You need to be realistic when you buy in rural Spain – not a dreamer like Don Quixote

Mark Stucklin outlines the pitfalls to avoid en route to securing a Spanish country property – from inept British agents to squabbles overs deeds.

Sunday Times Home Section, 3rd July 2005

The number of British people buying in rural Spain has surged in the last five years.
But it can lead them up a dusty track to nothing but problems.

Rural estate agents
Spaniards generally buy rural property through word of mouth or local dealers, corredores, who typically charge 1% of the agreed price to each party. British buyers, on the other hand, usually run the gauntlet of dealing with the new breed of British estate agents that has sprung up in the emerging rural destinations.

Many are recent arrivals who have drifted into selling property for lack of professional alternatives, often once their B&B plans have flopped. Ill informed, and with derisory Spanish that prevents them from understanding even the simplest legal documents, they set about selling property to naive British buyers. That their clients know marginally less than they do is their greatest asset and, to make matters worse, they often charge eye-watering commissions of up to 35% on cheaper properties.

Buying rural property is a complex business that requires the help of genuine experts. Traditional rural methods of exchanging property can create a legacy of title deed and boundary problems, and issues such as renovations, mortgages and connections to utilities in rural areas can be a nightmare if not dealt with in a knowledgeable way. My advice is to work only with British estate agents who can demonstrate at least 10 years of experience in the rural property market, along with fluent Spanish. Using a buyers’ agent can also be a good idea; they cover popular rural areas such as Andalusia, Catalonia and the Balearics.

Title deeds
Title deeds, or the lack of them, can be a big problem in the countryside. Barbara Wood of The Property Finders says that after more than a decade in the business, she has yet to see a correct set of rural title deeds. In the worst case, title deeds don’t even exist, which, according to Wood, is a no-go area for British buyers. “In rural Spain there are many legitimate claims to property that have never been formalised in notarised title deeds. While it is possible to buy these properties, British buyers would be biting off more than they could chew. Just walk away if there aren’t any deeds,” she says.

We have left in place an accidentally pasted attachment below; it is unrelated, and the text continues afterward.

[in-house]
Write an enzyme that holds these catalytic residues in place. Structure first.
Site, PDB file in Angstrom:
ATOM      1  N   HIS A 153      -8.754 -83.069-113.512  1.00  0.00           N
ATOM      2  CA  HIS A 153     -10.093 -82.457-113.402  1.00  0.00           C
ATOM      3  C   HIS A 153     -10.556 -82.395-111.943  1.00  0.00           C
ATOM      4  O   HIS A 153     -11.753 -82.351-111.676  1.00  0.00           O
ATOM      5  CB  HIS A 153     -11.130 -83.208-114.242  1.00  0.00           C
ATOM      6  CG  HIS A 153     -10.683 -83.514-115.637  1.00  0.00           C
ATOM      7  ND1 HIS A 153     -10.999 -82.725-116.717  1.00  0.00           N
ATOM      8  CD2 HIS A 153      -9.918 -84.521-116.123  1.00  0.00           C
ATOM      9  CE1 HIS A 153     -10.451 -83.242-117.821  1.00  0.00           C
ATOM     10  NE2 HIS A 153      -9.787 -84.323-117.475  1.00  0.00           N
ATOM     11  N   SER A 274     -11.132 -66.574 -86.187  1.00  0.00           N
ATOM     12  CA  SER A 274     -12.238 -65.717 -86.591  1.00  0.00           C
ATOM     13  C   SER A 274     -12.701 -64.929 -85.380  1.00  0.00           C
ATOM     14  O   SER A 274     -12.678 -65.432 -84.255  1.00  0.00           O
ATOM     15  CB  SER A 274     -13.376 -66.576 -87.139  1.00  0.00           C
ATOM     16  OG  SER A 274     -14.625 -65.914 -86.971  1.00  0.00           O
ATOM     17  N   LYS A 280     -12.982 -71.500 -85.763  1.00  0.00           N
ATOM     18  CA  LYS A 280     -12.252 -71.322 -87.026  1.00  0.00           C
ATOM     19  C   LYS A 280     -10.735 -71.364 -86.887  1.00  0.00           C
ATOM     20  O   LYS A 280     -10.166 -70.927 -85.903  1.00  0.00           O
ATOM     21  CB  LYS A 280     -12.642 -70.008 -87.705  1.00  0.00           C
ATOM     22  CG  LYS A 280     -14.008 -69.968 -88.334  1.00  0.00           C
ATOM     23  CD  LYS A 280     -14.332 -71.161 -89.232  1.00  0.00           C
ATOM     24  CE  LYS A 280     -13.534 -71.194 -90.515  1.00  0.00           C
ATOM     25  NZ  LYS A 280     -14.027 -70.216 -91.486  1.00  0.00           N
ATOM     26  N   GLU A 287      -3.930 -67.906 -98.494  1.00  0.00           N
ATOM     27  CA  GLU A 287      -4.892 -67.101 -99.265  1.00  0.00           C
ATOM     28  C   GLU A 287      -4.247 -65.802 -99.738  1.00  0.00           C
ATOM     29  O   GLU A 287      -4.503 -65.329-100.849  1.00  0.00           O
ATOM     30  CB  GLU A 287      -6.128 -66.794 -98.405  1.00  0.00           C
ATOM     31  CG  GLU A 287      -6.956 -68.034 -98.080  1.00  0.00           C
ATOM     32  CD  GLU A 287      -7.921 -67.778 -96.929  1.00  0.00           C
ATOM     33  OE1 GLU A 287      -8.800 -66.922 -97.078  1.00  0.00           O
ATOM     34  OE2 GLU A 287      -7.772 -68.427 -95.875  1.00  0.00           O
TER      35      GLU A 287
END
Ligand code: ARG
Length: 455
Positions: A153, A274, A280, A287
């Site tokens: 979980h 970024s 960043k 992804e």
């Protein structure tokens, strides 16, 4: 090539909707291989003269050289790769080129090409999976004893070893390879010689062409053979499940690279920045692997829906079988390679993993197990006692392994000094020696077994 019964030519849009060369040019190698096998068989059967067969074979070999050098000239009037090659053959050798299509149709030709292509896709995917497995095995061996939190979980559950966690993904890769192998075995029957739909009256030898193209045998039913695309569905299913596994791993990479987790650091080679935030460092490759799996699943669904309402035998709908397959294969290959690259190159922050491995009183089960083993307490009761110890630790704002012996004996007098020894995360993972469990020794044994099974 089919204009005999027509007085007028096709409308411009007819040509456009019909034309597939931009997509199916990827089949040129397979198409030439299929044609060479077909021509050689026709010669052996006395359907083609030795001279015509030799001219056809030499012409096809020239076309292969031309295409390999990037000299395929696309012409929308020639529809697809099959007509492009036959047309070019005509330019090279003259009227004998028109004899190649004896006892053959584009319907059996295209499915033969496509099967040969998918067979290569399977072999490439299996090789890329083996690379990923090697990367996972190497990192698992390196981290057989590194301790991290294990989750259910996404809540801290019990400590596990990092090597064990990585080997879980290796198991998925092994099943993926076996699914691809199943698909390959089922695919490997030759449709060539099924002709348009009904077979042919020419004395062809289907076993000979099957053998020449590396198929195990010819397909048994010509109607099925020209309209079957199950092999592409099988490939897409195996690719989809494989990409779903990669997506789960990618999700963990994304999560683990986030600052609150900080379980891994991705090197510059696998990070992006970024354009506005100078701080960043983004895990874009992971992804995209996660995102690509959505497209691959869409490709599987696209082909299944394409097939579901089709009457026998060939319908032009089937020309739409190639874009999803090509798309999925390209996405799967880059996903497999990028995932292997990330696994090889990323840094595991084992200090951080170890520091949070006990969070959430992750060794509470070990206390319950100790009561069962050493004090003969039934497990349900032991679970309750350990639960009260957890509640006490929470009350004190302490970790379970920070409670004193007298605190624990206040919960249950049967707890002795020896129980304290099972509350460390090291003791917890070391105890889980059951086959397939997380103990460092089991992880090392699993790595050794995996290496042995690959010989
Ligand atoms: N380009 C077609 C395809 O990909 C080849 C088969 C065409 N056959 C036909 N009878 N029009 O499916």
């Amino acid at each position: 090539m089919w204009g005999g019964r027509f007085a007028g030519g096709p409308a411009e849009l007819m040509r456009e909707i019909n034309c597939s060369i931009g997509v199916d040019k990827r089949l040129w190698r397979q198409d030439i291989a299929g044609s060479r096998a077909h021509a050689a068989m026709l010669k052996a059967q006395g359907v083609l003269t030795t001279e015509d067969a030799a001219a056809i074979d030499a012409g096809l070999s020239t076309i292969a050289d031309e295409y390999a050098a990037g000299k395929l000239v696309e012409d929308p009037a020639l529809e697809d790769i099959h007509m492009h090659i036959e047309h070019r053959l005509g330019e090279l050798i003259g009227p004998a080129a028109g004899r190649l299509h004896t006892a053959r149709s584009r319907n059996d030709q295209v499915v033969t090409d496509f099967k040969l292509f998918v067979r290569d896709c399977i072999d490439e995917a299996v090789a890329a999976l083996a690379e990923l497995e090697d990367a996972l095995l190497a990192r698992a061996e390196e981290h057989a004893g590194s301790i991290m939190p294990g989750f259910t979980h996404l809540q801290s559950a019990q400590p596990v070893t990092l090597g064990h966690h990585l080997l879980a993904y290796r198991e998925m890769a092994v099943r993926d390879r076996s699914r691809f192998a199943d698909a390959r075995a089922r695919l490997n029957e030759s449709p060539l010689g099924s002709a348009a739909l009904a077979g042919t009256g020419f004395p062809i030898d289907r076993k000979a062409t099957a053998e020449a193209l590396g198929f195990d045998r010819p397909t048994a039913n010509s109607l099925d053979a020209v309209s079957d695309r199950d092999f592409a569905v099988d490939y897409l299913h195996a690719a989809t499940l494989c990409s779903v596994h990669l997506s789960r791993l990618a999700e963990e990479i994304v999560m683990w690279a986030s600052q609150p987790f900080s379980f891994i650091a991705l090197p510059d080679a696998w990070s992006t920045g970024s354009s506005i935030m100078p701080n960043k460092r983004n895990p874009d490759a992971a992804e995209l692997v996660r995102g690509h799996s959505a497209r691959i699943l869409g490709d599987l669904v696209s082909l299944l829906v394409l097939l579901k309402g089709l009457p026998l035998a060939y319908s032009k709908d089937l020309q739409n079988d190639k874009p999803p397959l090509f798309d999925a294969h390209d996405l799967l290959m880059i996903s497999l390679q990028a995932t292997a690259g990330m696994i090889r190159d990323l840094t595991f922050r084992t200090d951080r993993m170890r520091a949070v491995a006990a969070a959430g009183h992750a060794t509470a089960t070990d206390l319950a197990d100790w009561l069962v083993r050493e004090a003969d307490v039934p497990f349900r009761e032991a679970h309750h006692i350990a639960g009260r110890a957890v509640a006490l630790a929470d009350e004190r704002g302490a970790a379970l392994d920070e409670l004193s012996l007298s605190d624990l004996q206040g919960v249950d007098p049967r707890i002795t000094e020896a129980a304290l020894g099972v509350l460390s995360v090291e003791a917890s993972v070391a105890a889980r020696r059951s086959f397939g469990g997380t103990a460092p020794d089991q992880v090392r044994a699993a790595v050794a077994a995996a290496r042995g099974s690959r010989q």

More common, though, are title deeds that don’t correspond to the amount of land being offered for sale, or that don’t reflect the size or existence of a dwelling.

It’s usually possible to resolve these problems satisfactorily before buying. If you don’t, once you have bought the problems become yours. You need to identify title-deed problems in good time -something many British buyers fail to do and build the solution into the negotiations with the vendor. The golden rule is: never buy until the title deeds are correct.

Building permission and renovations
There are relatively few renovated rural properties on the market outside Catalonia and the Balearics. For the time being, most rural properties will need substantial work to make them habitable. Many buyers overestimate the kind of building permission they will get, and underestimate the costs of refurbishments (often on the advice of British estate agents).

Building permission rules in rural areas are now very strict, and you can only expect permission to refurbish an existing registered dwelling rather than increase the footprint or build new. Given that most properties will need new plumbing, wiring, flooring, damp-proofing, plastering and painting, not to mention new kitchens and bathrooms, figure on a budget of more than E50,000 (Pounds 33,000). Use local Spanish builders rather than the British cowboys popping up all over the place. Note that many British agents recommend builders who pay them a kickback, which drives up the renovation budget by 5%-10%.

Utilities and other issues
If you are looking for tranquillity and birdsong, be sure to buy a property that is connected to the electricity grid. If not, you will go mad listening to the sound of your generator. Few rural properties are connected to mains water, although one can easily get by with a good deep well in all but the driest parts of the country. However, it is essential to investigate the water supply before buying.

Mortgage problems, rights of way, hunting rights, land-grab concerns (in Valencia) and septic tanks are some of the other issues that need to be considered in detail before you buy.

© Mark Stucklin (Spanish Property Insight)



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